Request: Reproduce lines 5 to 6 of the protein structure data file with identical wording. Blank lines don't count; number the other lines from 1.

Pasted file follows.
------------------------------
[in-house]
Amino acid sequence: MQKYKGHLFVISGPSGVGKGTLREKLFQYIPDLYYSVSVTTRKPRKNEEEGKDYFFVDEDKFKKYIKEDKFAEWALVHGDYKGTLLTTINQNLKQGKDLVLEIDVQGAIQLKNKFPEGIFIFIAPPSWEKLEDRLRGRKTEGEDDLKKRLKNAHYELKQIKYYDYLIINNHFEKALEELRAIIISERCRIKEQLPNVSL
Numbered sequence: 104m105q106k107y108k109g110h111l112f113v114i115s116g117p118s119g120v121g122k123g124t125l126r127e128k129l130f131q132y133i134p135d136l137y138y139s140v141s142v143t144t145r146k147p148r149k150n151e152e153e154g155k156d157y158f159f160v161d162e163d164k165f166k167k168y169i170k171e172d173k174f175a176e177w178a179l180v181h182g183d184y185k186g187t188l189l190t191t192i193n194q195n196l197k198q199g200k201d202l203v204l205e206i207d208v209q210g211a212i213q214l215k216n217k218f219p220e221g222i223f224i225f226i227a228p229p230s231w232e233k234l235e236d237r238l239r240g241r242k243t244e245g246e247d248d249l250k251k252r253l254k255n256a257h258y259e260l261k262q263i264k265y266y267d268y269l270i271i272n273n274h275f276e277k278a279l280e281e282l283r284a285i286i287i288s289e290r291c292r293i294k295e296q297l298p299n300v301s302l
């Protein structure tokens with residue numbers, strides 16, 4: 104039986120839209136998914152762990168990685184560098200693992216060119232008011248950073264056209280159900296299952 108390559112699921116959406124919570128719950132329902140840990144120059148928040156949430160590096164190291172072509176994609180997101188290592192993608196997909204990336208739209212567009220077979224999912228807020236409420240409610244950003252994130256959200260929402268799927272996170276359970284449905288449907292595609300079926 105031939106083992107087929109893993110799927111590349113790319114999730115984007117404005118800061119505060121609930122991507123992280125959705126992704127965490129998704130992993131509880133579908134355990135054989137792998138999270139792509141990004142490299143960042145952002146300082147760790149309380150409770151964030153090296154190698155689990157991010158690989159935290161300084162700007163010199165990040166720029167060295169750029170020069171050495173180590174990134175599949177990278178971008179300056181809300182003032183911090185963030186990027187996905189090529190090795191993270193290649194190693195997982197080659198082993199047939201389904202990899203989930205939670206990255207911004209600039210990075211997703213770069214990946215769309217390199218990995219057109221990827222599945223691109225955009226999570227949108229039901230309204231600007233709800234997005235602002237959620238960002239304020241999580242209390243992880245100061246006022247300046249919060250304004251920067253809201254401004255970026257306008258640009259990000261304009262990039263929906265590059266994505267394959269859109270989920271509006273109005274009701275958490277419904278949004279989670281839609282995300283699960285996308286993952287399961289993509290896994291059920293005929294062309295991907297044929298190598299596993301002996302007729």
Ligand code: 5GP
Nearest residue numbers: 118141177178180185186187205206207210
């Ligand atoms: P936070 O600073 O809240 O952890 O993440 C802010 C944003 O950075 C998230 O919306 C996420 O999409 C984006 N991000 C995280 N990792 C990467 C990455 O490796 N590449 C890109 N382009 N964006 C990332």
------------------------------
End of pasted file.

Ligand code: 5GP
Nearest residue numbers: 118141177178180185186187205206207210